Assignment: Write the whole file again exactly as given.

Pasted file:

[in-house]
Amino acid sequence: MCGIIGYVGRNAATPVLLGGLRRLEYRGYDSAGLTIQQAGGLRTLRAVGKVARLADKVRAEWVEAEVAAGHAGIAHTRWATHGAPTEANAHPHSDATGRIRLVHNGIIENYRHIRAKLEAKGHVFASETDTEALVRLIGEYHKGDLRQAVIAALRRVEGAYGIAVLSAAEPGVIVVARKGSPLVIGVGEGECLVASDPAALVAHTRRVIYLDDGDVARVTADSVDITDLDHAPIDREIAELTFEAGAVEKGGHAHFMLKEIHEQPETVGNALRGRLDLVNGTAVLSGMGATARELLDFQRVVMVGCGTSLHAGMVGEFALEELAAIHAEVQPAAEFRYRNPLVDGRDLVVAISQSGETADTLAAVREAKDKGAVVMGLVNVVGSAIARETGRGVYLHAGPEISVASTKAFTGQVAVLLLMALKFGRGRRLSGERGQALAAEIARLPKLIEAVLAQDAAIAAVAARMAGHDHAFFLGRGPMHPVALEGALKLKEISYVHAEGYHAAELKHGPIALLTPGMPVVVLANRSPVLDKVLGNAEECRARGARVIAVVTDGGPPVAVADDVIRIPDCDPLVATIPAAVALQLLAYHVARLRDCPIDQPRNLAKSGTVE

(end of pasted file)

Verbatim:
[in-house]
Amino acid sequence: MCGIIGYVGRNAATPVLLGGLRRLEYRGYDSAGLTIQQAGGLRTLRAVGKVARLADKVRAEWVEAEVAAGHAGIAHTRWATHGAPTEANAHPHSDATGRIRLVHNGIIENYRHIRAKLEAKGHVFASETDTEALVRLIGEYHKGDLRQAVIAALRRVEGAYGIAVLSAAEPGVIVVARKGSPLVIGVGEGECLVASDPAALVAHTRRVIYLDDGDVARVTADSVDITDLDHAPIDREIAELTFEAGAVEKGGHAHFMLKEIHEQPETVGNALRGRLDLVNGTAVLSGMGATARELLDFQRVVMVGCGTSLHAGMVGEFALEELAAIHAEVQPAAEFRYRNPLVDGRDLVVAISQSGETADTLAAVREAKDKGAVVMGLVNVVGSAIARETGRGVYLHAGPEISVASTKAFTGQVAVLLLMALKFGRGRRLSGERGQALAAEIARLPKLIEAVLAQDAAIAAVAARMAGHDHAFFLGRGPMHPVALEGALKLKEISYVHAEGYHAAELKHGPIALLTPGMPVVVLANRSPVLDKVLGNAEECRARGARVIAVVTDGGPPVAVADDVIRIPDCDPLVATIPAAVALQLLAYHVARLRDCPIDQPRNLAKSGTVE